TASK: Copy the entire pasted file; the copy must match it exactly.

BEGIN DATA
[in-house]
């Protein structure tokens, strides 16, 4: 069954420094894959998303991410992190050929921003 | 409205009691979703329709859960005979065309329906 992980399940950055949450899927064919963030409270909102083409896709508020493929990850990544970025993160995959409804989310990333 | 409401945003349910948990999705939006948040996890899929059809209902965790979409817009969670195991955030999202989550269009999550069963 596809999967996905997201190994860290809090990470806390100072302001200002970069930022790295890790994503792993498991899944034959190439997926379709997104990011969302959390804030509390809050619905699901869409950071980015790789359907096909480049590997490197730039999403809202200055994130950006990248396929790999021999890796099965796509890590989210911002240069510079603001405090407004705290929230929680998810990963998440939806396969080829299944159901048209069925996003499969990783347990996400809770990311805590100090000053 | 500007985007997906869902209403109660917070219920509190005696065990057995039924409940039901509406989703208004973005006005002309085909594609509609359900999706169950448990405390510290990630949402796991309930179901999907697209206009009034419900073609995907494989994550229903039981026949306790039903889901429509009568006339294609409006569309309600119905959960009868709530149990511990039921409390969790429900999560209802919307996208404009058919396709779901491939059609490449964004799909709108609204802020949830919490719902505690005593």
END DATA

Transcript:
[in-house]
């Protein structure tokens, strides 16, 4: 069954420094894959998303991410992190050929921003 | 409205009691979703329709859960005979065309329906 992980399940950055949450899927064919963030409270909102083409896709508020493929990850990544970025993160995959409804989310990333 | 409401945003349910948990999705939006948040996890899929059809209902965790979409817009969670195991955030999202989550269009999550069963 596809999967996905997201190994860290809090990470806390100072302001200002970069930022790295890790994503792993498991899944034959190439997926379709997104990011969302959390804030509390809050619905699901869409950071980015790789359907096909480049590997490197730039999403809202200055994130950006990248396929790999021999890796099965796509890590989210911002240069510079603001405090407004705290929230929680998810990963998440939806396969080829299944159901048209069925996003499969990783347990996400809770990311805590100090000053 | 500007985007997906869902209403109660917070219920509190005696065990057995039924409940039901509406989703208004973005006005002309085909594609509609359900999706169950448990405390510290990630949402796991309930179901999907697209206009009034419900073609995907494989994550229903039981026949306790039903889901429509009568006339294609409006569309309600119905959960009868709530149990511990039921409390969790429900999560209802919307996208404009058919396709779901491939059609490449964004799909709108609204802020949830919490719902505690005593």